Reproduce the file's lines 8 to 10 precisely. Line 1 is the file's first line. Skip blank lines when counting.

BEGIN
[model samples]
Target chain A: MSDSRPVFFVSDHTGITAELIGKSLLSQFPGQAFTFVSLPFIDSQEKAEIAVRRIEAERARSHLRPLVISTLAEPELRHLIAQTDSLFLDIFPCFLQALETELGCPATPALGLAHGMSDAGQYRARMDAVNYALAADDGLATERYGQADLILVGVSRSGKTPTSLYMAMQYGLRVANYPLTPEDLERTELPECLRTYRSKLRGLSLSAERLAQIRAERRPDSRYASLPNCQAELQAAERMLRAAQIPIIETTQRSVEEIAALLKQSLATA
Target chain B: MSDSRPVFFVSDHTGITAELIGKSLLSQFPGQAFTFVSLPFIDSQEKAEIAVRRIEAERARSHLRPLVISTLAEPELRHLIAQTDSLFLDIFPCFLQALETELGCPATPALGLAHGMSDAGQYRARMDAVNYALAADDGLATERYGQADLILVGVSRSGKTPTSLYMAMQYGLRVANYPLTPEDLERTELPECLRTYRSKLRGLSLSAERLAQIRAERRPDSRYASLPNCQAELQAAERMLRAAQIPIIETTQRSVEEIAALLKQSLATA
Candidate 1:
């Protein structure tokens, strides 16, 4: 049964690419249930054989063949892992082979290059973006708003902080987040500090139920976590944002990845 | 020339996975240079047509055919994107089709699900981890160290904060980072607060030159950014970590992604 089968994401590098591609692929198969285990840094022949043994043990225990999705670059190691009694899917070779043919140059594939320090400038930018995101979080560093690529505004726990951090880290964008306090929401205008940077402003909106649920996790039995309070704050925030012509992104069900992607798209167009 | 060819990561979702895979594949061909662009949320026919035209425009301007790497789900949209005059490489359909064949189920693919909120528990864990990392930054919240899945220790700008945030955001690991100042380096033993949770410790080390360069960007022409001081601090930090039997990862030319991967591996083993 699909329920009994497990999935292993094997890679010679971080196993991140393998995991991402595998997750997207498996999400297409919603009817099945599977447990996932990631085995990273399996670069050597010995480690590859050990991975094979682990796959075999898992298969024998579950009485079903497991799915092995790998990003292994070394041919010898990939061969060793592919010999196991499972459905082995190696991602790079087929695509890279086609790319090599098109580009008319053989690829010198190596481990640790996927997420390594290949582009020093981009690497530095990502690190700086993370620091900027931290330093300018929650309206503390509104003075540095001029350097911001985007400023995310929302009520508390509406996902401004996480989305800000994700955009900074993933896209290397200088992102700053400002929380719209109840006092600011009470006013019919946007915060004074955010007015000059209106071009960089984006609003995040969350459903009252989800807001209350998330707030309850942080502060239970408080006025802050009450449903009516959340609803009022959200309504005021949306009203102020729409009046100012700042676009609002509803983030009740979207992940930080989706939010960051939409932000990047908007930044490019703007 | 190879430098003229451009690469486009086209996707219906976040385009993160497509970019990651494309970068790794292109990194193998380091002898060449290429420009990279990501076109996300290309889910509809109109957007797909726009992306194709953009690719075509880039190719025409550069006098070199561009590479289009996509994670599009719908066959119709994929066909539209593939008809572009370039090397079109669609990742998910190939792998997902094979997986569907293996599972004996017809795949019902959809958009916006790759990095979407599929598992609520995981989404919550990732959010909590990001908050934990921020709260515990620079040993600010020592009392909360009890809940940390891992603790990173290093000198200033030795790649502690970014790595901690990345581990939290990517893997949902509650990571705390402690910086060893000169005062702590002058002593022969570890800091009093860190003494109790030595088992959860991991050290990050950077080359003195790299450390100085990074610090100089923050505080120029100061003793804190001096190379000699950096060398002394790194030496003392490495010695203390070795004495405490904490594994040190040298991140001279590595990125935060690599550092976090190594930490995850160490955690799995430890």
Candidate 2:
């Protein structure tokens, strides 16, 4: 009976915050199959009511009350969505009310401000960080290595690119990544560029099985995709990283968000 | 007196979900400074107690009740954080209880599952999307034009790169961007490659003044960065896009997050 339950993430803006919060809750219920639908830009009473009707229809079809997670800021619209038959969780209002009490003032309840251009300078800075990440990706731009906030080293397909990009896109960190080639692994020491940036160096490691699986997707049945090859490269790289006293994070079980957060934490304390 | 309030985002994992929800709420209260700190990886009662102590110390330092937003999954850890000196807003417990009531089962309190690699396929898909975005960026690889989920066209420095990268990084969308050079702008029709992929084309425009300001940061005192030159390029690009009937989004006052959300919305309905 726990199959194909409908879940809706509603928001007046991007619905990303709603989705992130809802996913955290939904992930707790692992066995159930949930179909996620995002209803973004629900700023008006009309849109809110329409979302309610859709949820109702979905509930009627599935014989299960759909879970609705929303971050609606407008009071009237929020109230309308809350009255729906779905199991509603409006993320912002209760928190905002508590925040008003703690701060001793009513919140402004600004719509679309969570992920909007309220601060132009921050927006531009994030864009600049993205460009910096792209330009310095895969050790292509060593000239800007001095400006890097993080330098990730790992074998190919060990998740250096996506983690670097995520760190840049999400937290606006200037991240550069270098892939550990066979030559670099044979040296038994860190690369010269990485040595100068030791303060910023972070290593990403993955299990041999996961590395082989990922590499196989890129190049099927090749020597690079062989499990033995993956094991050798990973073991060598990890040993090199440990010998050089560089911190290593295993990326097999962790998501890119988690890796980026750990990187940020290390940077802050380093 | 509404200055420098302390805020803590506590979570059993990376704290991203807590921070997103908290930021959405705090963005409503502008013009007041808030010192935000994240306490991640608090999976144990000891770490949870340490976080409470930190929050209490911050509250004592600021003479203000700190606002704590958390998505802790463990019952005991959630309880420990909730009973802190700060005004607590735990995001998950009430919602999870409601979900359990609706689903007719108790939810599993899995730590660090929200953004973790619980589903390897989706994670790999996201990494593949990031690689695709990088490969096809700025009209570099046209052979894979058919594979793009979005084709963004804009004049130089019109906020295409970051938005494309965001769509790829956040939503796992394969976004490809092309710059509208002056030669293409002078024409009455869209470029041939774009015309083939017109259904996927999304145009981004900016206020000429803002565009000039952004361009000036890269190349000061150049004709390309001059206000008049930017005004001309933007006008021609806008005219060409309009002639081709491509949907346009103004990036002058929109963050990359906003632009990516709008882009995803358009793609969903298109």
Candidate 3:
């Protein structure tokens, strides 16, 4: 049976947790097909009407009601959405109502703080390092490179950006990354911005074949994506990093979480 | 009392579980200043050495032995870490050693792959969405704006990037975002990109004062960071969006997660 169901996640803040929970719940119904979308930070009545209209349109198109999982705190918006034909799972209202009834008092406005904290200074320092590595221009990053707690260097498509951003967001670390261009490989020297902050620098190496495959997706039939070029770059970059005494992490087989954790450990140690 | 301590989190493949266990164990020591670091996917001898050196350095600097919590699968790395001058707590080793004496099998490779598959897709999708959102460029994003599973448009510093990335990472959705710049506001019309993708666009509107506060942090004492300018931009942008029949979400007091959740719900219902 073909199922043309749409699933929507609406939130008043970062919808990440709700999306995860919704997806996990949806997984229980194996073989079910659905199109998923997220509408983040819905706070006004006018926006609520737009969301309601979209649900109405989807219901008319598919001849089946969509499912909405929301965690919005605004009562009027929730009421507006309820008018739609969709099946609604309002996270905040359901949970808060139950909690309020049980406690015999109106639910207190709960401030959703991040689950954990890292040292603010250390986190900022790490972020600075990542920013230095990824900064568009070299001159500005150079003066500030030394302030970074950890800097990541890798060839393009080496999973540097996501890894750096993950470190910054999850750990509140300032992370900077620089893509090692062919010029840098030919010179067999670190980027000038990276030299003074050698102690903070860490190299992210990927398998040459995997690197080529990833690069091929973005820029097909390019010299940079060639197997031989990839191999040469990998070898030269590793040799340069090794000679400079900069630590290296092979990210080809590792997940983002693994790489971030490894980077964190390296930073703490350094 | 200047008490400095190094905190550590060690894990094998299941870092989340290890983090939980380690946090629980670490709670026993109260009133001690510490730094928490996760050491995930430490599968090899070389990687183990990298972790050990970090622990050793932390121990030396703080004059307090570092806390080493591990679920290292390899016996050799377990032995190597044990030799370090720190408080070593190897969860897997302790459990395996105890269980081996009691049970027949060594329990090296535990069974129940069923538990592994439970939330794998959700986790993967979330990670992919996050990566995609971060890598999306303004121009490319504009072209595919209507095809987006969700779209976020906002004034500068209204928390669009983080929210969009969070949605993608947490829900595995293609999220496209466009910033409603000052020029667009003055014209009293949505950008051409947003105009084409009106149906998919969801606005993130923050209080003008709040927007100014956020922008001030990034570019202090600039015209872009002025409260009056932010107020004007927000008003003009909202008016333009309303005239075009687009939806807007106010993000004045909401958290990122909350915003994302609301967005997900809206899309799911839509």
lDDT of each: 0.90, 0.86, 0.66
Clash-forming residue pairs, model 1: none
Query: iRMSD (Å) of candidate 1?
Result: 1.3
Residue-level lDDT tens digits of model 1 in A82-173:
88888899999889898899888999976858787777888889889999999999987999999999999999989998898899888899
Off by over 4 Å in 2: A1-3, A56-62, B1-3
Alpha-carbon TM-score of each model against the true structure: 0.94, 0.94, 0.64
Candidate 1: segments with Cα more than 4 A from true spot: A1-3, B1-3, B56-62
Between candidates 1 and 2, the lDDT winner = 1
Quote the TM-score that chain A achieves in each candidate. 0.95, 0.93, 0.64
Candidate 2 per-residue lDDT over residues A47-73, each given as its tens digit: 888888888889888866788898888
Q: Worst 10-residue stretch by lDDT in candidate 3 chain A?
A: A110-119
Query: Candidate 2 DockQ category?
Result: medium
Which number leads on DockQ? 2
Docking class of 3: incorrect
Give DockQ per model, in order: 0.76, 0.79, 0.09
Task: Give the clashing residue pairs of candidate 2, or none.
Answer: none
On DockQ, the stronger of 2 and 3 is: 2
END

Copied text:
Candidate 3:
């Protein structure tokens, strides 16, 4: 049976947790097909009407009601959405109502703080390092490179950006990354911005074949994506990093979480 | 009392579980200043050495032995870490050693792959969405704006990037975002990109004062960071969006997660 169901996640803040929970719940119904979308930070009545209209349109198109999982705190918006034909799972209202009834008092406005904290200074320092590595221009990053707690260097498509951003967001670390261009490989020297902050620098190496495959997706039939070029770059970059005494992490087989954790450990140690 | 301590989190493949266990164990020591670091996917001898050196350095600097919590699968790395001058707590080793004496099998490779598959897709999708959102460029994003599973448009510093990335990472959705710049506001019309993708666009509107506060942090004492300018931009942008029949979400007091959740719900219902 073909199922043309749409699933929507609406939130008043970062919808990440709700999306995860919704997806996990949806997984229980194996073989079910659905199109998923997220509408983040819905706070006004006018926006609520737009969301309601979209649900109405989807219901008319598919001849089946969509499912909405929301965690919005605004009562009027929730009421507006309820008018739609969709099946609604309002996270905040359901949970808060139950909690309020049980406690015999109106639910207190709960401030959703991040689950954990890292040292603010250390986190900022790490972020600075990542920013230095990824900064568009070299001159500005150079003066500030030394302030970074950890800097990541890798060839393009080496999973540097996501890894750096993950470190910054999850750990509140300032992370900077620089893509090692062919010029840098030919010179067999670190980027000038990276030299003074050698102690903070860490190299992210990927398998040459995997690197080529990833690069091929973005820029097909390019010299940079060639197997031989990839191999040469990998070898030269590793040799340069090794000679400079900069630590290296092979990210080809590792997940983002693994790489971030490894980077964190390296930073703490350094 | 200047008490400095190094905190550590060690894990094998299941870092989340290890983090939980380690946090629980670490709670026993109260009133001690510490730094928490996760050491995930430490599968090899070389990687183990990298972790050990970090622990050793932390121990030396703080004059307090570092806390080493591990679920290292390899016996050799377990032995190597044990030799370090720190408080070593190897969860897997302790459990395996105890269980081996009691049970027949060594329990090296535990069974129940069923538990592994439970939330794998959700986790993967979330990670992919996050990566995609971060890598999306303004121009490319504009072209595919209507095809987006969700779209976020906002004034500068209204928390669009983080929210969009969070949605993608947490829900595995293609999220496209466009910033409603000052020029667009003055014209009293949505950008051409947003105009084409009106149906998919969801606005993130923050209080003008709040927007100014956020922008001030990034570019202090600039015209872009002025409260009056932010107020004007927000008003003009909202008016333009309303005239075009687009939806807007106010993000004045909401958290990122909350915003994302609301967005997900809206899309799911839509």
lDDT of each: 0.90, 0.86, 0.66